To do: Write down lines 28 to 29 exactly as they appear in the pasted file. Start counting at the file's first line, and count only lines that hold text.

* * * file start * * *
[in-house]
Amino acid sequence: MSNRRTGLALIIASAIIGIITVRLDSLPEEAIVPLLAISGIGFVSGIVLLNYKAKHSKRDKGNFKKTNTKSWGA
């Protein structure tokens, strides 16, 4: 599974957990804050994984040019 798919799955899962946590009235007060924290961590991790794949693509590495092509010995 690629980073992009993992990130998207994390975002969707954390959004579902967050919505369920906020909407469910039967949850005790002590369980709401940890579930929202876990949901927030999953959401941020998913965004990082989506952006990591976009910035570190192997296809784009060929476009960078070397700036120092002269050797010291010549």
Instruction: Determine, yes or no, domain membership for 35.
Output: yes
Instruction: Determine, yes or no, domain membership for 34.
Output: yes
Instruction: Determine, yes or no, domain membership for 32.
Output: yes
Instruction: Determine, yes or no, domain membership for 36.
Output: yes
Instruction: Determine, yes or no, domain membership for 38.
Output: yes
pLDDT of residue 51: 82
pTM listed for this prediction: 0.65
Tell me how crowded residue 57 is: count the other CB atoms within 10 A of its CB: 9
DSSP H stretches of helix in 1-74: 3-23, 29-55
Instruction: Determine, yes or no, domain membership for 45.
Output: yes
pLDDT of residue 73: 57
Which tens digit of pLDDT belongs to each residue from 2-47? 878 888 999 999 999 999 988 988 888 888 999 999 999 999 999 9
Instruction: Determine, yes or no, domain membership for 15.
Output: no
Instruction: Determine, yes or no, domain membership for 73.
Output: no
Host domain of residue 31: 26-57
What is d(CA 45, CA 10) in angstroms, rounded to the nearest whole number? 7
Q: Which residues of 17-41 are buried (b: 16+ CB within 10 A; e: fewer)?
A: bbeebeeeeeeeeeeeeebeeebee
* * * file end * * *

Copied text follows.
Q: Which residues of 17-41 are buried (b: 16+ CB within 10 A; e: fewer)?
A: bbeebeeeeeeeeeeeeebeeebee